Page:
A conference for faith leaders May 30-June 1. Apply now.

On Food and Faith

Ministry in the Time of Climate Change
2018 training cohort at Union Theological Seminary

Technological advances in the 20th and the 21st century offer many American consumers easy access to cheap and abundant food, much of which is traced to supply and labor chains around the world. The same advances have resulted in the depletion of soils; the overuse of fertilizers, herbicides and pesticides; greenhouse gas pollution; and increasing obesity and food-related health issues.

“The soil is the great connector of lives, the source and destination of all. It is the healer and restorer and resurrector, by which disease passes into health, age into youth, death into life. Without proper care for it we can have no community, because without proper care for it we can have no life.”
Wendell Berry
The Unsettling of America: Culture and Agriculture

Within this system, millions in the U.S. and billions more across the globe go hungry each day. Food deserts persist across urban and rural America, and upwards of 41 million Americans are food insecure, 13 million of whom are children. This system keeps externalities hidden, supply high and prices low, affecting the long-term health of soils, water, human beings and wildlife.

As climate change becomes more pronounced, communities around the world will have to become more self-sufficient and sustainable. This new model of resilience may entail some hardship, but it also brings the opportunity to create new, more robust community relationships with the land and one another. It is here that faith communities have unique opportunity to guide others by providing space, pastoral care, education and leadership.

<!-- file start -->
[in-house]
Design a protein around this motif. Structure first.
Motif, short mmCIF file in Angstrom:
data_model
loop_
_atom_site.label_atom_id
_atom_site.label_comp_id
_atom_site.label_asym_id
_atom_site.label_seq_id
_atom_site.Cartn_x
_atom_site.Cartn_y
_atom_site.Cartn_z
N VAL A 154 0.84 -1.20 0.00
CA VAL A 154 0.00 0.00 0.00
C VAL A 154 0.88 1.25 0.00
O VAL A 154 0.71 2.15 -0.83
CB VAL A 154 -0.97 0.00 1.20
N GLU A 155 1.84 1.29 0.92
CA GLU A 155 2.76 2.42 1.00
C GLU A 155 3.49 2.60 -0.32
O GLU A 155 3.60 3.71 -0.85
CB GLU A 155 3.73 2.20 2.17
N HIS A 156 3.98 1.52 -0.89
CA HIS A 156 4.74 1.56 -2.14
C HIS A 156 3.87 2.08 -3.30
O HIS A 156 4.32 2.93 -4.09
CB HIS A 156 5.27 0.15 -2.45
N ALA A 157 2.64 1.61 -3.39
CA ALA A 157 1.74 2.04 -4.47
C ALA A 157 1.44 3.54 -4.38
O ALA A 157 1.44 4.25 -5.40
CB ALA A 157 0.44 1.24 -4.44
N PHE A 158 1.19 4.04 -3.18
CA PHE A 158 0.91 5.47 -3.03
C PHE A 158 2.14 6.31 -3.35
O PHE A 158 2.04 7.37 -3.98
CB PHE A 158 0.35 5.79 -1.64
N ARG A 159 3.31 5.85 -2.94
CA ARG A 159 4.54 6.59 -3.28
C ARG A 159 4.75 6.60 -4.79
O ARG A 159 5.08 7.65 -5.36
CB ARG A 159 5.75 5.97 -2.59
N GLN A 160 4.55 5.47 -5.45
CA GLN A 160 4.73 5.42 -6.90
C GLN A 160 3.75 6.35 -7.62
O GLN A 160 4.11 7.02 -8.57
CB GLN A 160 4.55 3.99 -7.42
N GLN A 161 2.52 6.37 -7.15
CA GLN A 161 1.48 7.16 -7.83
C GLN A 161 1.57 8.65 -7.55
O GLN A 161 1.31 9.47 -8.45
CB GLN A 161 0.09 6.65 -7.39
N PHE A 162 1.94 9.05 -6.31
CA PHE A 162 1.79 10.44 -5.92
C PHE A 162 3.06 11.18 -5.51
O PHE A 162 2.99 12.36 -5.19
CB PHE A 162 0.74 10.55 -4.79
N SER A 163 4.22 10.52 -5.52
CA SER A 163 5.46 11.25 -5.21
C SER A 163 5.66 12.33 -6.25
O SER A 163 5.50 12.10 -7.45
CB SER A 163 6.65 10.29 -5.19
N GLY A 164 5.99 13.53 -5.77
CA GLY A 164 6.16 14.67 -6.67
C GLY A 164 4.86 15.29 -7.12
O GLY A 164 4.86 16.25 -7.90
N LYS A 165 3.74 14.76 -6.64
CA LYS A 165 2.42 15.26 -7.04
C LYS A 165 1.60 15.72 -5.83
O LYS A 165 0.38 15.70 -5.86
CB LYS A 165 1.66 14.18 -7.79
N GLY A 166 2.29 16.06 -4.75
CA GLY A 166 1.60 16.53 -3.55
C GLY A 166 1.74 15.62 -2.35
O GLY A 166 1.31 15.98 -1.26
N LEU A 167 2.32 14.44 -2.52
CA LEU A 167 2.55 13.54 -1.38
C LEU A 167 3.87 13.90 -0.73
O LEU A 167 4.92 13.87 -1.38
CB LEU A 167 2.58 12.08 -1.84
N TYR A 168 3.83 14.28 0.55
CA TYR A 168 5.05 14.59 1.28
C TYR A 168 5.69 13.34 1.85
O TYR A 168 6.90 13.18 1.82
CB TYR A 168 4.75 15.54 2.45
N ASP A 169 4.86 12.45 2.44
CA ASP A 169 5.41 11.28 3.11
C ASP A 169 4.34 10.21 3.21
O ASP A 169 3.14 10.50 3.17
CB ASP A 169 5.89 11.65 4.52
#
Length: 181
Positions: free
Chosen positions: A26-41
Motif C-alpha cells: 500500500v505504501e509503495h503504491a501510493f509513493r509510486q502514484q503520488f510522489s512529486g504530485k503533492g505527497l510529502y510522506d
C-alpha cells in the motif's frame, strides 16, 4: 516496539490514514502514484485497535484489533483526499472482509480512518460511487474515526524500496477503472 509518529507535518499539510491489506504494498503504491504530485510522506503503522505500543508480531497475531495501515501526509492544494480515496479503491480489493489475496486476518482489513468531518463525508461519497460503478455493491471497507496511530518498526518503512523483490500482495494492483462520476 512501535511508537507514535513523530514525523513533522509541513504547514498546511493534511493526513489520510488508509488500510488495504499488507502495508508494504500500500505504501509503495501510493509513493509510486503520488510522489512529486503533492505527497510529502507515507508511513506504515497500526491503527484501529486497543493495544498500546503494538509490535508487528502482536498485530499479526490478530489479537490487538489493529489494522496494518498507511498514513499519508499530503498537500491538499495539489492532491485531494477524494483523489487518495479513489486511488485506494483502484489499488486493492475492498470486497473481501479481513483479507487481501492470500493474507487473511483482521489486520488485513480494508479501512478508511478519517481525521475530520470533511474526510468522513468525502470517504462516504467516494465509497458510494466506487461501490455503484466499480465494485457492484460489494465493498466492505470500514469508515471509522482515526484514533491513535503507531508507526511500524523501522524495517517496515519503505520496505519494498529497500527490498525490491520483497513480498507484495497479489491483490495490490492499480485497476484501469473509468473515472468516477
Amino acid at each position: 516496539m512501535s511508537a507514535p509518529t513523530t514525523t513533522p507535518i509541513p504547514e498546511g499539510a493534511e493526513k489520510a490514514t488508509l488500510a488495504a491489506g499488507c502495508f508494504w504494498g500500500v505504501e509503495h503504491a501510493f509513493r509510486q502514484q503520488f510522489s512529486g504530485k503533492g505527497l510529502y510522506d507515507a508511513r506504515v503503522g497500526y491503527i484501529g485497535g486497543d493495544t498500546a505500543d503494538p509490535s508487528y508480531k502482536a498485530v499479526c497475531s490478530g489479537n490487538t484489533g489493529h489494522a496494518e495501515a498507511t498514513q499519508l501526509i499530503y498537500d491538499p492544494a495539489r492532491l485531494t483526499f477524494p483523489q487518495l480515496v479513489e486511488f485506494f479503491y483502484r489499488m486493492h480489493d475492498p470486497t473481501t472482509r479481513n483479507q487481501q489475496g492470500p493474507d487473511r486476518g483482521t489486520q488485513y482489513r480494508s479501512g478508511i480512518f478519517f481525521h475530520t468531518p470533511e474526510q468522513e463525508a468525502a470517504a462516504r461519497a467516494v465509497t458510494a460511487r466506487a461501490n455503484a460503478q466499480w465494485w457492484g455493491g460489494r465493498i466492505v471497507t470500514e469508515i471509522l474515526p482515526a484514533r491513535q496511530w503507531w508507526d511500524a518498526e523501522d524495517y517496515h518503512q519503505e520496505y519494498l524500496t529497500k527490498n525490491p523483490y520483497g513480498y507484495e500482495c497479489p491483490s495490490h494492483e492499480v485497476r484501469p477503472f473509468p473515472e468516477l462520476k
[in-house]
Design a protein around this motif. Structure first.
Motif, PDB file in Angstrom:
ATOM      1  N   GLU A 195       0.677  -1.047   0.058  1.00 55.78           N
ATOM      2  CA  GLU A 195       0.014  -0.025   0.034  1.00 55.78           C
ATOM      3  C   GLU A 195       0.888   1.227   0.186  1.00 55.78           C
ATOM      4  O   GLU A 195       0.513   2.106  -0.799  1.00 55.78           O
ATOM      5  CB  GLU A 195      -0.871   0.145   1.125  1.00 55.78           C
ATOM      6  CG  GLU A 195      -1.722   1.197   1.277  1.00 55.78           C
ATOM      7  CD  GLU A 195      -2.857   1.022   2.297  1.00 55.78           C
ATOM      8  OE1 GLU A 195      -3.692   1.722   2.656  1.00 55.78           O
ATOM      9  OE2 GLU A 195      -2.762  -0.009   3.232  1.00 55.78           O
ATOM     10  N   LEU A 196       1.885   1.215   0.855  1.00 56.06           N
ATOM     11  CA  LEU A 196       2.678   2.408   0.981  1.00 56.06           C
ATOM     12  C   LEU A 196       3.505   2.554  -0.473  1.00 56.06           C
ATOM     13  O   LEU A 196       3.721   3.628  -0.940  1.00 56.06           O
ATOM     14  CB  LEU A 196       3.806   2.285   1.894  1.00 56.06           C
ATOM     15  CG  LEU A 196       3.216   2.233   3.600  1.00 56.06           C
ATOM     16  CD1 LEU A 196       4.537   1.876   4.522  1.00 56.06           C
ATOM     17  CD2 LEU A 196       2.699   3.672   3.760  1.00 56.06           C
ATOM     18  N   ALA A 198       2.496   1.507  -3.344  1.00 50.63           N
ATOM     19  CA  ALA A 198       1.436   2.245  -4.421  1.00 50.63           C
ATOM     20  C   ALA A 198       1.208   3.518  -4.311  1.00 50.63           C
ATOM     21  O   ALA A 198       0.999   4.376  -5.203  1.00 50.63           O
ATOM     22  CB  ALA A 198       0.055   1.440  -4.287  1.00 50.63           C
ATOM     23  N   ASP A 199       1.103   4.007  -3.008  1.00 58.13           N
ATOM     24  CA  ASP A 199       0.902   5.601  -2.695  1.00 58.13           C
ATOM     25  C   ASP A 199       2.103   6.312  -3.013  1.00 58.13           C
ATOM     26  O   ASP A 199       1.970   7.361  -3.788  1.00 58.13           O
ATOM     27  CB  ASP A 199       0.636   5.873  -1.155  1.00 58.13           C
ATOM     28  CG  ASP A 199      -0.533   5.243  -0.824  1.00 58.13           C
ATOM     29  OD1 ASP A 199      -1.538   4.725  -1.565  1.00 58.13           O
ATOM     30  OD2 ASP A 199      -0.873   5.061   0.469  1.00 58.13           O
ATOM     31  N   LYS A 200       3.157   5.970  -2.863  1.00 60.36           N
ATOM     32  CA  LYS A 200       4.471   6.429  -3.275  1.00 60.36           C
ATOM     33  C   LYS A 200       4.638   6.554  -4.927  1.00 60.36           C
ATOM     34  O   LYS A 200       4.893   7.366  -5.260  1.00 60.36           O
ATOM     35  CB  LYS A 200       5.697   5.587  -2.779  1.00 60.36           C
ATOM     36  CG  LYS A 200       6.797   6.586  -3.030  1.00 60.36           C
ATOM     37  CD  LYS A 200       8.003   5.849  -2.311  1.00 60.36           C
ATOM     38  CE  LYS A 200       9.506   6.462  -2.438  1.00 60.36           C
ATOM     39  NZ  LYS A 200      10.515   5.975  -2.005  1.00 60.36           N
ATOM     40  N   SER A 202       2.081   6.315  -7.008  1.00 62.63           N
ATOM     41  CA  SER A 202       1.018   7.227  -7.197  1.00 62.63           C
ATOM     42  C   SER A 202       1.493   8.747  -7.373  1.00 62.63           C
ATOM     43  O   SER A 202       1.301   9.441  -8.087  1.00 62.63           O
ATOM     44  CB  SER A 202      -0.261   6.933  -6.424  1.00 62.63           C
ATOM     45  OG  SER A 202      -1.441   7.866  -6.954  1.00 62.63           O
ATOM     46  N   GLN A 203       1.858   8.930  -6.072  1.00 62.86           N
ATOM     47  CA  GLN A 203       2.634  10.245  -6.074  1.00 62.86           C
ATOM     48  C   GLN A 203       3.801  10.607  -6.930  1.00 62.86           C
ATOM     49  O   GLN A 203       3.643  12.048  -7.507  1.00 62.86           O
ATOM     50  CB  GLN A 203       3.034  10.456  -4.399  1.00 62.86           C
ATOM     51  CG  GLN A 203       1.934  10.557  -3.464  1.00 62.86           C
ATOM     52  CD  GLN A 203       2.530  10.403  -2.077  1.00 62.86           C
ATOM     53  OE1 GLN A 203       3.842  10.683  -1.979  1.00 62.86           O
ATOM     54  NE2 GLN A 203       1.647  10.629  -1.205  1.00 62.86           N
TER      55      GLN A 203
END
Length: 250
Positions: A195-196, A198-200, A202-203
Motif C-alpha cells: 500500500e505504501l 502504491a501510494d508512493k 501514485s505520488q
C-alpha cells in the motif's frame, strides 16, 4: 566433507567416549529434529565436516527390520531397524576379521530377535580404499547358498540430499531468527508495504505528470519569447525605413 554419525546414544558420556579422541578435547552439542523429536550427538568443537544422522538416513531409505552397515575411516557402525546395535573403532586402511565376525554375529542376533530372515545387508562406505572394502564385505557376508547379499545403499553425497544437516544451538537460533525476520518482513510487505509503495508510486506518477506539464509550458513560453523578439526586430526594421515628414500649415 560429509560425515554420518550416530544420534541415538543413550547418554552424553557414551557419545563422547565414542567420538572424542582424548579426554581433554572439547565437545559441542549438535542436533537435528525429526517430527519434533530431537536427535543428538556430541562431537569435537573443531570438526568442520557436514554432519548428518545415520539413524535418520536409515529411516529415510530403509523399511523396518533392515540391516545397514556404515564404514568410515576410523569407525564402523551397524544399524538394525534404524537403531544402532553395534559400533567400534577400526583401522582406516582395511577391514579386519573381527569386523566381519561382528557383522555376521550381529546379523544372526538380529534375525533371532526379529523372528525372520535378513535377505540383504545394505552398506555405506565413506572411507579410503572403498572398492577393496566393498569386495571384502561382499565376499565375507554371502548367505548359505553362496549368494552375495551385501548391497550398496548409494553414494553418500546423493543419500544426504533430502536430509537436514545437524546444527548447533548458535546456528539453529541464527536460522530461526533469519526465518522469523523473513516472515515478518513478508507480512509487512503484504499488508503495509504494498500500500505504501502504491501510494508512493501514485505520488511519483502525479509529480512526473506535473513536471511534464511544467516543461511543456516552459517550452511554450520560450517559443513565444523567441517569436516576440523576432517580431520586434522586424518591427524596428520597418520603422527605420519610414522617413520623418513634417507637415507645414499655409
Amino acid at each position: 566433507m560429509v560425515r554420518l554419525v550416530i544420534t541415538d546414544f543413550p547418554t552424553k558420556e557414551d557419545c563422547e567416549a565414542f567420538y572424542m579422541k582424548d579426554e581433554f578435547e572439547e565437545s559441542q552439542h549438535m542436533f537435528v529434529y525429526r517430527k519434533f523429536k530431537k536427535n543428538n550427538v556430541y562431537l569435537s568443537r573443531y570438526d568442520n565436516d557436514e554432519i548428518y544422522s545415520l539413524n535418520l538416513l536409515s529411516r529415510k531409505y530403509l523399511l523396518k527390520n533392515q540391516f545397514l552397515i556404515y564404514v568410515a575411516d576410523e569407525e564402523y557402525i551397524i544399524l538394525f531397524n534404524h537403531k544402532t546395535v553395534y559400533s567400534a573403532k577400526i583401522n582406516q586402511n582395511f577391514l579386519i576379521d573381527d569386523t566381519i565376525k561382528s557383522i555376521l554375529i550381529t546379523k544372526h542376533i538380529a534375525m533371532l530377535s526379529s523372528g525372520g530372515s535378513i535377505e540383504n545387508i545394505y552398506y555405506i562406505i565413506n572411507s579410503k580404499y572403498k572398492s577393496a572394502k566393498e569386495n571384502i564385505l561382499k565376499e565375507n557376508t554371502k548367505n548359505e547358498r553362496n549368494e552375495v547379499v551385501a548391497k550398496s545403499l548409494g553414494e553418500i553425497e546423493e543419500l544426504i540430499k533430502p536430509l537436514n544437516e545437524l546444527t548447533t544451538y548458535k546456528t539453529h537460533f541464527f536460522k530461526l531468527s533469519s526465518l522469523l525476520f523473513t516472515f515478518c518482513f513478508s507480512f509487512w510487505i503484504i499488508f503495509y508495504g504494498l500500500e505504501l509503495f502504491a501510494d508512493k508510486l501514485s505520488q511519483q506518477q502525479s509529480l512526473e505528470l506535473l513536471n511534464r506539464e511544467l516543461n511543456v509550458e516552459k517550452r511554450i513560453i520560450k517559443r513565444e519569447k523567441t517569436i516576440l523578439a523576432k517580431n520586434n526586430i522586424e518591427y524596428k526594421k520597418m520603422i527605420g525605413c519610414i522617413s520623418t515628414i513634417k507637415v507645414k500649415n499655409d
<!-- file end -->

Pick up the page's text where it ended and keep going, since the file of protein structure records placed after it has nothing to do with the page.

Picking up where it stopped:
This conference, “On Food and Faith: Ministry in the Time of Climate Change,” will teach faith leaders how our current food system is contributing to the climate crisis, explore the impact climate change is having on farming and food security, and help empower attendees to take action on these issues in a way that aligns with their deepest values.

The training is hosted by the Center for Earth Ethics, MTSO, The Climate Reality Project, and the Initiative for Food and AgriCultural Transformation at Ohio State University. It will take place at MTSO May 30-June 1.

Leaders will include former Vice President Al Gore, founder and chairman of The Climate Reality Project; Heber Brown III, senior pastor of Baltimore's Pleasant Hope Baptist Church and founder of the Black Church Food Security Network; and Aster Bekele, founder and executive director of the Felege Hiywot Center in Indianapolis.

Applications

Applications are open for the 2019 program.

Those interested in participating may apply here.

The application deadline is March 29. Applicants will be notified of decisions by April 30.

Questions? Please contact Genie Cooper.